“I can imagine two brothers drawing straws to decide who goes east and who goes west,” I said.
“I wonder what would have happened if the roles had been reversed?” she asked.

I rubbed her shoulders.  She looked up and I saw her strange blue eyes.

“Then, my little airy chick,” I said with a grin, “you might have become Miss Amerika!”

-the end-

Saturday, September 20, 2014

"Great White Ship"

"Great White Ship" was originally published in Daily Science Fiction in May 2012. It was a finalist last year for the Sidewise Award for Alternate History, and is the leadoff story in my latest collection, "The Clock Struck None".


I was poking at my drink with a swizzle stick, killing time waiting for my connecting flight. The American Airlines Admiral’s Club was nearly empty.  I stared at the D/FW runways and watched the flights taking off and landing.  I had lost interest in the television a long-time ago.

An elderly Mexican man was cleaning the table next to me.  He had stopped, and stared up to look at the television screen in the corner of the room.

“I once saw a ship just like that,” he said to himself.

His tone caught my attention, and I looked over.  There was a CNN Science Report on, about building airships in the future with futuristic ultralight materials.  It showed a large, white prototype of a dirigible, designed to be used as a cargo hauler.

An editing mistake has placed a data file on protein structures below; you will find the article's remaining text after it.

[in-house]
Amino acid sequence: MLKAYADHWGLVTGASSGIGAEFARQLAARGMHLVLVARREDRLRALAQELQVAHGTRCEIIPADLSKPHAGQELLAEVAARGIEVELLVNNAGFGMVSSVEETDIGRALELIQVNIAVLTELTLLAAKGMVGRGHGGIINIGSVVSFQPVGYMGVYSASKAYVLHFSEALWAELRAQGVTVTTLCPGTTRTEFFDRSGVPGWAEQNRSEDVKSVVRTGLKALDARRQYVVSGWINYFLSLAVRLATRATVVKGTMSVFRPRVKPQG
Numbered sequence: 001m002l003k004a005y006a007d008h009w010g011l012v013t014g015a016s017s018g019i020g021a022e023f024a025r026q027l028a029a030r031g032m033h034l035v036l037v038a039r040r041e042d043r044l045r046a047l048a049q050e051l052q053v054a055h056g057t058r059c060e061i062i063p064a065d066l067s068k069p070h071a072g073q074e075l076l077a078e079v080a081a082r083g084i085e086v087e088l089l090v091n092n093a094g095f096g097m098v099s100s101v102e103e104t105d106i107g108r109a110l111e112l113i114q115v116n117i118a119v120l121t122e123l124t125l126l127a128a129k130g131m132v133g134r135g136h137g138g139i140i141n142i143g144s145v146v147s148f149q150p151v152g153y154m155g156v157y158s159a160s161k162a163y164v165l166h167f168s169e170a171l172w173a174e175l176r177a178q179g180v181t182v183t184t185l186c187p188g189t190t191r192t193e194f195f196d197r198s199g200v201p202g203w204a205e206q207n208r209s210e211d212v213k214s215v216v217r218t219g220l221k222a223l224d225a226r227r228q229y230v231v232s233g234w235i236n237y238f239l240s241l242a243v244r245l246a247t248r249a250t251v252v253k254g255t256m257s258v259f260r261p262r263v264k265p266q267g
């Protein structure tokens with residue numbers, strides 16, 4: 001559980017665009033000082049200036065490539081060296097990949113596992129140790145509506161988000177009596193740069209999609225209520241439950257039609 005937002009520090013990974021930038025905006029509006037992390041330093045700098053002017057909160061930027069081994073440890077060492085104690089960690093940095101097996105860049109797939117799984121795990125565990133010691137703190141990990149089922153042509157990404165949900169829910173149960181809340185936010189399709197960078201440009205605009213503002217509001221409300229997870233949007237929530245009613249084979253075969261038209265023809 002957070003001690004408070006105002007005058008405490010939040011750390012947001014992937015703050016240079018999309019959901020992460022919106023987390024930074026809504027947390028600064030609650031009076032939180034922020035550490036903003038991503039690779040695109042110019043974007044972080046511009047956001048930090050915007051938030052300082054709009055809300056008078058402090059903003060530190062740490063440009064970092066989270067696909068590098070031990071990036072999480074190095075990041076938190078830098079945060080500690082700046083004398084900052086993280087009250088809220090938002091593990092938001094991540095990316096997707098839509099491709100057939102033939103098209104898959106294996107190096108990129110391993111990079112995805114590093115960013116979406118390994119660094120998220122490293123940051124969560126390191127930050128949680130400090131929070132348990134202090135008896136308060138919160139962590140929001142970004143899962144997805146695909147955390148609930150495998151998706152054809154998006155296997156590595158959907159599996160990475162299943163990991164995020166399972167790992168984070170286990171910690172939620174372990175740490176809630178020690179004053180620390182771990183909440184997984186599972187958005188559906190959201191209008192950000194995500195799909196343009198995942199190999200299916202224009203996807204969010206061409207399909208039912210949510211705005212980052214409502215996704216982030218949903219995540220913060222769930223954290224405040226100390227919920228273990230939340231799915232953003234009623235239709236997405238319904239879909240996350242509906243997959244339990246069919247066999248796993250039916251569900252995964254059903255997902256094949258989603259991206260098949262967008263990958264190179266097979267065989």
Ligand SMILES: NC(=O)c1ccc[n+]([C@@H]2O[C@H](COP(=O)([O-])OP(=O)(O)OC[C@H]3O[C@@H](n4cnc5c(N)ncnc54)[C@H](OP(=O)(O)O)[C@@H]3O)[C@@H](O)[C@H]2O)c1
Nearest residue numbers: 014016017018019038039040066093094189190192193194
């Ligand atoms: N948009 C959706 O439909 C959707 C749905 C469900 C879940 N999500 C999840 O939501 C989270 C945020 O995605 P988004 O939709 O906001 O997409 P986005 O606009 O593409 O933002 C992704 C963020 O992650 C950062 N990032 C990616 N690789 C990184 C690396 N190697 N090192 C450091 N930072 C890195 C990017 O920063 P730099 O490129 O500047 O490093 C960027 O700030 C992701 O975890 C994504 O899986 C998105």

I smiled.  “Hold on, old-timer, that’s a only a model,” I said.  “And there hasn’t been anything like that in the sky since the Hindenburg blew up.  You’re not old enough to have seen the Hindenburg.”
He looked down, and a crooked smile crossed his face.  “I saw it, in Tyler, in 1974,” he said, as if to convince himself.  Then he looked over at me.  “It was from another world.  The government swore us to secrecy.”

I’m a good judge of character,  I could tell he wasn’t kidding or crazy.  His eyes were bright, he seemed very rational.

I looked at my watch.  “I’ve got at least a half hour until my flight arrives,” I said.  “You’ve got my interest.”  I tossed a fifty on the tabletop.  “Get us two drinks, and then come back here and sit down for a few minutes.  Keep the change.”

I pushed the bill towards him.  “You sound like you have an interesting story to tell.”

He smiled as he palmed the fifty.  He went over to the bar, and spoke to the bartender, pointing to me.  The bartender nodded, and he came back with another Chivas and Coke for me, and a Sea Breeze for himself.  He sat down, took a long sip, sighed, and then began.